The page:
A LANDMARK court building in the Lothians is set for a new lease of life after the local council launched a bid to purchase it.
Haddington Sheriff Court was earmarked for permanent closure in January as part of a £3 million money-saving exercise implemented by the Scottish Court Service.
Officials at East Lothian Council have launched a bid to preserve the 19th century courthouse for public use by purchasing it from the SCS.
Residents are hopeful it could then be redeveloped into an area community hub.
Thirteen courts across Scotland have already shut their doors, with another three set to follow in 2015.
From the end of January, all cases that would have been heard in Haddington will be transferred to Edinburgh Sheriff Court – despite fears the Capital’s courts are already overloaded.
Christine Dora, an executive assistant with East Lothian Council, said the town would be “devastated” by the closure.
“The council has been very much against the closure,” she added. “The changes fail to take into account the growing population of East Lothian, and the council believes the loss of the court will have a detrimental economic effect on Haddington town centre.”
Analysts estimate the court’s closure will directly cost the council around £44,000 per year in expenses.
But Ms Dora said the prospect of taking on the site for public use also presented “positive potential” for the town. Margaret Ingle, vice chair of Haddington Community Council, said residents stand to benefit if the building is used as a new community space.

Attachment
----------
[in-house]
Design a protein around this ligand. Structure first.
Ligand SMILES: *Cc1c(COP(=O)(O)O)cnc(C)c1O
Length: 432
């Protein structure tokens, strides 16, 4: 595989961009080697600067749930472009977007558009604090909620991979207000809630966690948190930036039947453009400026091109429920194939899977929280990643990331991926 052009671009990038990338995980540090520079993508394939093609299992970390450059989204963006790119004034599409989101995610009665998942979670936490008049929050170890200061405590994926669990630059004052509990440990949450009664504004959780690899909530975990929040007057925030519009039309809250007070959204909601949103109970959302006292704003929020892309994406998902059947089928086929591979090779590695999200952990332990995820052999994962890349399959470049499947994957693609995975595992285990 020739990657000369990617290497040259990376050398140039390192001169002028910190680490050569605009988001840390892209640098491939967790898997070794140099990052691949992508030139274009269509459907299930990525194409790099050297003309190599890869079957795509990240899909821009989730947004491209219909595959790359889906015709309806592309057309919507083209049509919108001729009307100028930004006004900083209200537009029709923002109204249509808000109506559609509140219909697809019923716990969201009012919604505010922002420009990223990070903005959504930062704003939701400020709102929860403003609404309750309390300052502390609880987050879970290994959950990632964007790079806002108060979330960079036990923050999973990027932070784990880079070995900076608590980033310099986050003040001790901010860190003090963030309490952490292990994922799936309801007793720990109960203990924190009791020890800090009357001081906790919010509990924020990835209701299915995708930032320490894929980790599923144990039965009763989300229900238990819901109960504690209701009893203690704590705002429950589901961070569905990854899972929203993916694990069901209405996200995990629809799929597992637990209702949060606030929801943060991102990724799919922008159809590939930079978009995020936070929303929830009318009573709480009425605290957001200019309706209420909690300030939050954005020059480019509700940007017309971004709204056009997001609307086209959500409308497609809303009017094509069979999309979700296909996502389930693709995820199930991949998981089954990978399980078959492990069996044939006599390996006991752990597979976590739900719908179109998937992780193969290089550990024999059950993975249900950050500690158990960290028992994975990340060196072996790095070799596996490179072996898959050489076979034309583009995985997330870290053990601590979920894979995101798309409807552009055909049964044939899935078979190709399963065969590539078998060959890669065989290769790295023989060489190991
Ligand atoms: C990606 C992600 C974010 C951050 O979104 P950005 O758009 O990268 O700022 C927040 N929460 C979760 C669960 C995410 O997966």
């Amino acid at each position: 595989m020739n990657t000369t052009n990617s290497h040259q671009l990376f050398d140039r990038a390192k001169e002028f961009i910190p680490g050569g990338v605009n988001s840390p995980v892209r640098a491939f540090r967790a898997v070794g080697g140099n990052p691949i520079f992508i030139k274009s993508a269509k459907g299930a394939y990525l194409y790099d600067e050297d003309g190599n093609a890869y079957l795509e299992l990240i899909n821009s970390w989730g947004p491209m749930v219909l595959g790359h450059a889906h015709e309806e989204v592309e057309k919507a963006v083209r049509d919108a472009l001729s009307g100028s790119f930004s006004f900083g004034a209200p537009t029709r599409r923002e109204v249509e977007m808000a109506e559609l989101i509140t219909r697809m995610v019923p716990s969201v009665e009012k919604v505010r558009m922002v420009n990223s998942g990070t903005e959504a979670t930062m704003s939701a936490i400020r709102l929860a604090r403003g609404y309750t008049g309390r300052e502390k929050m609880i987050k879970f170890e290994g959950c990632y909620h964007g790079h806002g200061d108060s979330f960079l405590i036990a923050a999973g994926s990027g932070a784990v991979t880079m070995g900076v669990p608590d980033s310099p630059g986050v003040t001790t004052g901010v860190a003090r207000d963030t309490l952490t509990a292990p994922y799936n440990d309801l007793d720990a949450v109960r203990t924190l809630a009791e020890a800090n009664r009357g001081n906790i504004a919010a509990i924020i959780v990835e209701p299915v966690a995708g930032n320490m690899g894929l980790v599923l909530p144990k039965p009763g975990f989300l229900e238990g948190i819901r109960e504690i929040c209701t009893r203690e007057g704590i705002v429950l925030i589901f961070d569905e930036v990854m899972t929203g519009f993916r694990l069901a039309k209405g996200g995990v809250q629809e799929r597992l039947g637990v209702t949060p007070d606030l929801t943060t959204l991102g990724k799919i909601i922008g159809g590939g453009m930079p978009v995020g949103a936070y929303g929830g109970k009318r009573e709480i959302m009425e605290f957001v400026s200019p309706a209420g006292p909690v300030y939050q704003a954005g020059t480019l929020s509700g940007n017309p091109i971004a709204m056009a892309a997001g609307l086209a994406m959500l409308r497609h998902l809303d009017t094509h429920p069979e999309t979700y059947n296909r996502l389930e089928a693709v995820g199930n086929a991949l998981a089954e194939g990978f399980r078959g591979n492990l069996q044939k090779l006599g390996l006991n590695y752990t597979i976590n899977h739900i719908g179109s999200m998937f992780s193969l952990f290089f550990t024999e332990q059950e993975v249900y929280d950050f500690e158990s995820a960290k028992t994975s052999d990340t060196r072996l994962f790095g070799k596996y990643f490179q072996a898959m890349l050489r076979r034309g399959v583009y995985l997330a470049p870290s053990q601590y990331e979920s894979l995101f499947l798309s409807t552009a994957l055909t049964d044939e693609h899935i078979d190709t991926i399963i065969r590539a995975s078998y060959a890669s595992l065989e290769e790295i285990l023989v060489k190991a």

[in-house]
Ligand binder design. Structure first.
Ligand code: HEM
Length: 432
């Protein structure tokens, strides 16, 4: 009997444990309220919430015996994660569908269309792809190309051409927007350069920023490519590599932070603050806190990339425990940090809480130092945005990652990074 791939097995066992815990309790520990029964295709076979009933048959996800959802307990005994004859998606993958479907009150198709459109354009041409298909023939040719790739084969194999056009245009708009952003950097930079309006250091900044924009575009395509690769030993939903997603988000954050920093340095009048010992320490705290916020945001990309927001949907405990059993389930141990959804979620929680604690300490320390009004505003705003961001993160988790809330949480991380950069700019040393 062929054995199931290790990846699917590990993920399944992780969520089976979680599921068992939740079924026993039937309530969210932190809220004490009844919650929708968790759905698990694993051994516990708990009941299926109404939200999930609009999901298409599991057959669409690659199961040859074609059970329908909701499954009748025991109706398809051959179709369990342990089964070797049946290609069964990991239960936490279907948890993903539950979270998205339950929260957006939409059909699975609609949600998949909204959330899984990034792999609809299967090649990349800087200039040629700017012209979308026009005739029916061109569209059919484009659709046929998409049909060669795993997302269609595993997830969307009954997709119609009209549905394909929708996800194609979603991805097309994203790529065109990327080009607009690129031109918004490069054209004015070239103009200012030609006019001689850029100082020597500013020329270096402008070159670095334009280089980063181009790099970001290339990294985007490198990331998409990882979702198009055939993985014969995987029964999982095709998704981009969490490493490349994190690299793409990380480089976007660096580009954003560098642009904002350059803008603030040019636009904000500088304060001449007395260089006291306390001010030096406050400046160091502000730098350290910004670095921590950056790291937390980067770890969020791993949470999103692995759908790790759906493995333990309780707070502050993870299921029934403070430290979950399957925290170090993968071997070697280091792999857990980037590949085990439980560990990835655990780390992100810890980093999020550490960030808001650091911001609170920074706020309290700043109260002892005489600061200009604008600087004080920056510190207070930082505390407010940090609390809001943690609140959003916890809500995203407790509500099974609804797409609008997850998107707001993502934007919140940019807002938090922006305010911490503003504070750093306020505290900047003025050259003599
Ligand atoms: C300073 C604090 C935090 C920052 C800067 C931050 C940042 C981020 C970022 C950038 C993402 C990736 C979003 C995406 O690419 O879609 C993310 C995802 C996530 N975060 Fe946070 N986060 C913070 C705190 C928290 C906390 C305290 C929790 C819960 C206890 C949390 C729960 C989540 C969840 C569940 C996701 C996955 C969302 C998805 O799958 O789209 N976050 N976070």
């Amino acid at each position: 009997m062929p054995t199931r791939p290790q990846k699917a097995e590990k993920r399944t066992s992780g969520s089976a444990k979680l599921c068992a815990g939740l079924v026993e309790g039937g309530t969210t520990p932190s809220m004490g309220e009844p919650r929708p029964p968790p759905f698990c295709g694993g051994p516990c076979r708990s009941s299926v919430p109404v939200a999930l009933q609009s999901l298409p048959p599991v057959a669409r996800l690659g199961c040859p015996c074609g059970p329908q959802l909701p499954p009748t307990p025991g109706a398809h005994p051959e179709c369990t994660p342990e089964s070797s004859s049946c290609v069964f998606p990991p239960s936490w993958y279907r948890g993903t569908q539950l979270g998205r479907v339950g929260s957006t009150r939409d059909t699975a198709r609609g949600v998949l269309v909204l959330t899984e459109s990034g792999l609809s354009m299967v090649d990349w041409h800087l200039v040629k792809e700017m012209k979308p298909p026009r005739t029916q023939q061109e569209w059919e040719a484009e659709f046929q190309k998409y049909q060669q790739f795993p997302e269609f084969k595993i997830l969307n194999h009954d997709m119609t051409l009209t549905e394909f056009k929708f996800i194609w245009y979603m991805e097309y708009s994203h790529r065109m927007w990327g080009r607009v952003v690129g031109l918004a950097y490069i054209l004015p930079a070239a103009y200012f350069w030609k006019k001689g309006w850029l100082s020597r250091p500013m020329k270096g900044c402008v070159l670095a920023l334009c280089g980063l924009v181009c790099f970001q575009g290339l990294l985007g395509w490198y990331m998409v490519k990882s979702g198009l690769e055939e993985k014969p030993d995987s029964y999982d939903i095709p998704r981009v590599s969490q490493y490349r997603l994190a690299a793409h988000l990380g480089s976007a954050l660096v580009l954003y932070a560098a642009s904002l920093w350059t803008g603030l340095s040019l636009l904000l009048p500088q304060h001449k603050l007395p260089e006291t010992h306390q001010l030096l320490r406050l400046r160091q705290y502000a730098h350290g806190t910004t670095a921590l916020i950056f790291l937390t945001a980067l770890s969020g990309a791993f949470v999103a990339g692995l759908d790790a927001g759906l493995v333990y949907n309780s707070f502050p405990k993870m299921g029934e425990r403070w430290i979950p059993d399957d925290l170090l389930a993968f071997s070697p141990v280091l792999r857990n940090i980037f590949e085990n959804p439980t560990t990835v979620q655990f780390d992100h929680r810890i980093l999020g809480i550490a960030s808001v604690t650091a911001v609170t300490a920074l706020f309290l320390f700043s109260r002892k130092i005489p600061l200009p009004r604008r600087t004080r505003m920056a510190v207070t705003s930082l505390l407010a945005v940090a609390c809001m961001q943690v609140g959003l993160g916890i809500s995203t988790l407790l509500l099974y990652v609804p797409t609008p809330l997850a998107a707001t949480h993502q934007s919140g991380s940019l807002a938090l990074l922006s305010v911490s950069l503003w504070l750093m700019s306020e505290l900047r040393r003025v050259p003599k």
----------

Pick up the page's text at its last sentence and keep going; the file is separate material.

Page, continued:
“It’s such a prominent building and no-one wants to see it go,” she said. “The council is quite right to want it to continue to be used, but it will be interesting to see how it’s developed.
“It would be great if it could be turned into something for public use.”
In both Angus and neighbouring Fife, residents have formed action groups to bring the recently closed Arbroath and Cupar Sheriff Courts back into community ownership.
A spokesman for East Lothian Council said the potential cost of the transaction has yet to be negotiated. But a spokesman for the SCS said plans were already in place to continue using parts of the building after January.
He said: “The Scottish Court Service has been liaising with East Lothian Council on the future of Haddington Sheriff Court.”
“This includes the provision of video conference facilities to that court from Haddington allowing evidence of vulnerable witnesses to be given by remote link when appropriate.”
He added that videolink infrastructure would also be put into place at regional police desks across East Lothian in a bid to “significantly” reduce the number of police officers required to abandon frontline duties to travel to Edinburgh to testify in court.